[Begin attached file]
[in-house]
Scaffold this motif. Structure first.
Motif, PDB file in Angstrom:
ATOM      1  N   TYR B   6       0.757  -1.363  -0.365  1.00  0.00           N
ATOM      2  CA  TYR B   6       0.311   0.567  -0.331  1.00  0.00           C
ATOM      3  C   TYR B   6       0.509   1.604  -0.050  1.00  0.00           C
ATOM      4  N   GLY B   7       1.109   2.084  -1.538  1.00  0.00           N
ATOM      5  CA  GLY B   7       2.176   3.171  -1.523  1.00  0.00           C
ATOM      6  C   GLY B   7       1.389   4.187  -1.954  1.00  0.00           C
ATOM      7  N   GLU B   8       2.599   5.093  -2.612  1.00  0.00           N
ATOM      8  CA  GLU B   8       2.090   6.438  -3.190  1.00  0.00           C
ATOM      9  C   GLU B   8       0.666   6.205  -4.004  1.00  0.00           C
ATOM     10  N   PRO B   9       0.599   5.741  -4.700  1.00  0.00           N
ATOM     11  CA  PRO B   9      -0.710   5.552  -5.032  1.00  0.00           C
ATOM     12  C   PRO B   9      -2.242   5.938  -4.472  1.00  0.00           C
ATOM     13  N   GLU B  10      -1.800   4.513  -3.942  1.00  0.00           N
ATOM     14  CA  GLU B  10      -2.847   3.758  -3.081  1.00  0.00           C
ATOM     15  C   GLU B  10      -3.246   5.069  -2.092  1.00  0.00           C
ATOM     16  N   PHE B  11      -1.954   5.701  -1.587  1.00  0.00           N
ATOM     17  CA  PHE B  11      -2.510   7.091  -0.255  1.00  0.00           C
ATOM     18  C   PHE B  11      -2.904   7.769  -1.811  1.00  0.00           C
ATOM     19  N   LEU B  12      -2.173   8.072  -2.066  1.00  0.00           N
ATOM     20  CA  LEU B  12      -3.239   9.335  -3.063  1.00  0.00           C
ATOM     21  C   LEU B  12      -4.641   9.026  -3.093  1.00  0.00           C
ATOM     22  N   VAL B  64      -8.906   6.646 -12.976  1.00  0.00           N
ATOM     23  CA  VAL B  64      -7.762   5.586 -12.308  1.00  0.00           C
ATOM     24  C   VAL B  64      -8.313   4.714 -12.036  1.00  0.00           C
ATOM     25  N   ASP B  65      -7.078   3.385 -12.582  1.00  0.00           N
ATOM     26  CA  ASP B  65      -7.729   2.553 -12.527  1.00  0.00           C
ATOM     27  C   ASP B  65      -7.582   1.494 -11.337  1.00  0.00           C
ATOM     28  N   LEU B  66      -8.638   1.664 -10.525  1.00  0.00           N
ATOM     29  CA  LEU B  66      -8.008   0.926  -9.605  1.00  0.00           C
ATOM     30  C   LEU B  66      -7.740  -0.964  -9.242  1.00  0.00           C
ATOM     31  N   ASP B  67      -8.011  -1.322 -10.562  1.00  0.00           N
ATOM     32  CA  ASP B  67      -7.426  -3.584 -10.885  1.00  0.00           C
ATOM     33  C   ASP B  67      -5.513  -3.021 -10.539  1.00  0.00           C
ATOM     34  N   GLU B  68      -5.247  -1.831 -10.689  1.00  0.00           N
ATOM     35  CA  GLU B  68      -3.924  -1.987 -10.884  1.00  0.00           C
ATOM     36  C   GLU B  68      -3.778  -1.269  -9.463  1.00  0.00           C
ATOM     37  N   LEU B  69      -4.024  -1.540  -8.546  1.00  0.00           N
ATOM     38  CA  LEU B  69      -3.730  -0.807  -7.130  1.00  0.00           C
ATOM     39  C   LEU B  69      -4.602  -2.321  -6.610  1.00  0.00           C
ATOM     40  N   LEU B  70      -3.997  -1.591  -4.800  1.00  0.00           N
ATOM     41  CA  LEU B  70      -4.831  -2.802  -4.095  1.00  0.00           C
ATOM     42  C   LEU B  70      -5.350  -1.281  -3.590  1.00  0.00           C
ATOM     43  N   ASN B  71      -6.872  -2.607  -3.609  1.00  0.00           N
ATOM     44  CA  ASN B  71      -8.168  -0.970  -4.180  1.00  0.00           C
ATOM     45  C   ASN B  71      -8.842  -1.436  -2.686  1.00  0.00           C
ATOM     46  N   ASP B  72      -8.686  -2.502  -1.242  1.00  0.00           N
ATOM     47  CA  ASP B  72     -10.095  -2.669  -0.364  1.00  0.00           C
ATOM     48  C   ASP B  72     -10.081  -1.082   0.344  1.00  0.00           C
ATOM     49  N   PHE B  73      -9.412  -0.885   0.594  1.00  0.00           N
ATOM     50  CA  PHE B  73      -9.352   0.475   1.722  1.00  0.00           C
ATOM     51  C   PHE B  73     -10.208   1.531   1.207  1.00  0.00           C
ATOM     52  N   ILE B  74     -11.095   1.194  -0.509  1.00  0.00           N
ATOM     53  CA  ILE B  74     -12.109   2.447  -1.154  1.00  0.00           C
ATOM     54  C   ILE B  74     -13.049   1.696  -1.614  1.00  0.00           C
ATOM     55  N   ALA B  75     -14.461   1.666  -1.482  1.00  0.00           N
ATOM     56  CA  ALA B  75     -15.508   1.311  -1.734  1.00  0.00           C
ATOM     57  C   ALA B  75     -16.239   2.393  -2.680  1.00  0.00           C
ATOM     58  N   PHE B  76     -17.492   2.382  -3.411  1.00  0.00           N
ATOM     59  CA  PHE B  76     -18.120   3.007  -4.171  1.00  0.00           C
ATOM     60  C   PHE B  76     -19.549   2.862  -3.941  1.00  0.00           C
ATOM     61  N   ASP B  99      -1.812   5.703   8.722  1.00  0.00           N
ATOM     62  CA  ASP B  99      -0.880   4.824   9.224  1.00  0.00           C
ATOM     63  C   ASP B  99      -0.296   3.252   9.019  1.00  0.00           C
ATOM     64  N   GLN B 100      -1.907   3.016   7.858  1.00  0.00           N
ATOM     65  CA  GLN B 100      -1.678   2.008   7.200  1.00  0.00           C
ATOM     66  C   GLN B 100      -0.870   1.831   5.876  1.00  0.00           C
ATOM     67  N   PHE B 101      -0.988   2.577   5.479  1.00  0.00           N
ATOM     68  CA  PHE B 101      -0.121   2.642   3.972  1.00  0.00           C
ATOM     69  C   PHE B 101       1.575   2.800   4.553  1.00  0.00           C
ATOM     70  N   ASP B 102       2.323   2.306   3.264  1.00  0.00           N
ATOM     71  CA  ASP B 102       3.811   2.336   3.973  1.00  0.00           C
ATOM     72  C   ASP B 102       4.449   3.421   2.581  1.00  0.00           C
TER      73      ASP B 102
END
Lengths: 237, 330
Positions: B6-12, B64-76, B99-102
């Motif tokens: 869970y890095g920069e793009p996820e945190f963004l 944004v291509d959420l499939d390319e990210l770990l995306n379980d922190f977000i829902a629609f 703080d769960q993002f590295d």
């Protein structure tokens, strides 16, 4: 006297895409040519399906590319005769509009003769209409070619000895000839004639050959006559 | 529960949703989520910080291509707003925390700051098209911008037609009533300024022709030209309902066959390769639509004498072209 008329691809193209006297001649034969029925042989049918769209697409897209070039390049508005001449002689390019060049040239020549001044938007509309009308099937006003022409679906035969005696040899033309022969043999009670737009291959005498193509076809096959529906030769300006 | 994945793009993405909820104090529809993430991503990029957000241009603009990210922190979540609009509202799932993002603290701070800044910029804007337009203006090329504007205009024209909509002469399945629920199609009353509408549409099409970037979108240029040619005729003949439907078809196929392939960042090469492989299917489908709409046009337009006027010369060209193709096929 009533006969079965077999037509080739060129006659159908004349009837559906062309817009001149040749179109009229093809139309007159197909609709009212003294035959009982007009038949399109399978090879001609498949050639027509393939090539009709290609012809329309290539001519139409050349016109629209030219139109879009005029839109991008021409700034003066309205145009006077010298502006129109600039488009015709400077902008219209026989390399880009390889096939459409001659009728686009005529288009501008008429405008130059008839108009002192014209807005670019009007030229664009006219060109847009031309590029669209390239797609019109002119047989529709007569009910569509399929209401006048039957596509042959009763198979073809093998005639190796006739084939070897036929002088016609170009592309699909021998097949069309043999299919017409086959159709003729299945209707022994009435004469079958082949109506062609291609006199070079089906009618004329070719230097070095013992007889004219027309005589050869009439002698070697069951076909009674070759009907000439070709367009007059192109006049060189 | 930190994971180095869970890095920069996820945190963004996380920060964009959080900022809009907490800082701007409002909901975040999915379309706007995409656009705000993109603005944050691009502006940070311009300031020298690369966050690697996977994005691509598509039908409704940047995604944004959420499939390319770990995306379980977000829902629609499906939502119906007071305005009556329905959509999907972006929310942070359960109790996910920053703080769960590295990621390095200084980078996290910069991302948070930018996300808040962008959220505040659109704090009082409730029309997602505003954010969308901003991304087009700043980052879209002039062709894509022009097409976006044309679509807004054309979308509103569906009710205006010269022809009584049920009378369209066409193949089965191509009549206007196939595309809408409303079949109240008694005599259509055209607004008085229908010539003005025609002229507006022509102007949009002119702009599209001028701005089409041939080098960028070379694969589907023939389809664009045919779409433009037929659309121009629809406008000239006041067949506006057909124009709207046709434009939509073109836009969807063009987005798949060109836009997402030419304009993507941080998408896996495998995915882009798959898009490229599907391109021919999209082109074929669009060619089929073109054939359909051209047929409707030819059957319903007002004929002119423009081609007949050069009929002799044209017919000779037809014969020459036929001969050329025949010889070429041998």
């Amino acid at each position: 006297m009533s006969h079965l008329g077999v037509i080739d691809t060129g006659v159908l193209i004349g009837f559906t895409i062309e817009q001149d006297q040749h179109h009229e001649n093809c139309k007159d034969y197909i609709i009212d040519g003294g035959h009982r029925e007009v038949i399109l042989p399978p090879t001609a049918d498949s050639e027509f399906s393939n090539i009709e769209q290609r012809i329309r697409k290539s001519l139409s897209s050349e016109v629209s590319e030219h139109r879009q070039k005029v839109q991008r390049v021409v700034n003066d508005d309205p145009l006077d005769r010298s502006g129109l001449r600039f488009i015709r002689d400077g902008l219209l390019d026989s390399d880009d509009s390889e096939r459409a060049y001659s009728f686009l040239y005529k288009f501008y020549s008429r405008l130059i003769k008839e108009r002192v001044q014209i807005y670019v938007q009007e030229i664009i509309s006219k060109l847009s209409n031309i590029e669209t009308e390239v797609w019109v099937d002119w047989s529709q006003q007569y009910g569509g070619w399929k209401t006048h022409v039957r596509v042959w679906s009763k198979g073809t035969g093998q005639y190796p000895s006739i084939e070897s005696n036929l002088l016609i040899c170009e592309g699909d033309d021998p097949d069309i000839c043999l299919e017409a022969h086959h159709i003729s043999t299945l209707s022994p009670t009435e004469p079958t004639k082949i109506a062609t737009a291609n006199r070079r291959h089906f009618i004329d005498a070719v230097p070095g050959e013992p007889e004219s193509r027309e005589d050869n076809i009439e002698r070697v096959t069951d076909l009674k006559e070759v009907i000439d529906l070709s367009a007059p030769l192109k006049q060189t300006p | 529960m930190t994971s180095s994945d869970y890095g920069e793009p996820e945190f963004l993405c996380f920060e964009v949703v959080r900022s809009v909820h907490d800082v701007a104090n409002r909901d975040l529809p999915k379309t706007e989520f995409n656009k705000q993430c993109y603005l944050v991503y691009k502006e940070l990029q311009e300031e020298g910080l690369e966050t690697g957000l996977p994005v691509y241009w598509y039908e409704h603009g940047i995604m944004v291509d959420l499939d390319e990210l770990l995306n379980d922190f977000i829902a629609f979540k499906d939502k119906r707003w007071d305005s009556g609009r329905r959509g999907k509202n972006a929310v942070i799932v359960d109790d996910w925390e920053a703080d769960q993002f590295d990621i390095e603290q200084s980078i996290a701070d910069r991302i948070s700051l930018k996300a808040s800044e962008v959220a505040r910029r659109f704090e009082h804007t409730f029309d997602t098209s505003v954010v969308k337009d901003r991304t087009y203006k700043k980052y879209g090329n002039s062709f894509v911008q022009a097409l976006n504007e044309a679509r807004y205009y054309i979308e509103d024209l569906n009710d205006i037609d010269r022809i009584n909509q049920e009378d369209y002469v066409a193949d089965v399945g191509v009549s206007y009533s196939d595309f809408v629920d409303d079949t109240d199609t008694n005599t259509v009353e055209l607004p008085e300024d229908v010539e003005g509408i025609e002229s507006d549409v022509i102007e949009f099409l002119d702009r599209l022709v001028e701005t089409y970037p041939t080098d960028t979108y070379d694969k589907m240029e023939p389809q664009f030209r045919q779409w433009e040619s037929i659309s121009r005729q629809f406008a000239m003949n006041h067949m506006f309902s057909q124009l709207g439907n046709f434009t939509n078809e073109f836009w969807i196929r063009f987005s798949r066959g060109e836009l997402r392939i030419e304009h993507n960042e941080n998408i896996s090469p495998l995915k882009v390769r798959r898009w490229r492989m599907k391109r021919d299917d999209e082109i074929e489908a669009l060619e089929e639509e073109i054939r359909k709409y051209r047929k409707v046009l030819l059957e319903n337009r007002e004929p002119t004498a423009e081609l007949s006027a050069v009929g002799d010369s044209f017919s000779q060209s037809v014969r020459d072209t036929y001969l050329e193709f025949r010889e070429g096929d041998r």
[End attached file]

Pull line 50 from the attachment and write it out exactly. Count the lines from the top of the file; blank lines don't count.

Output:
ATOM     47  CA  ASP B  72     -10.095  -2.669  -0.364  1.00  0.00           C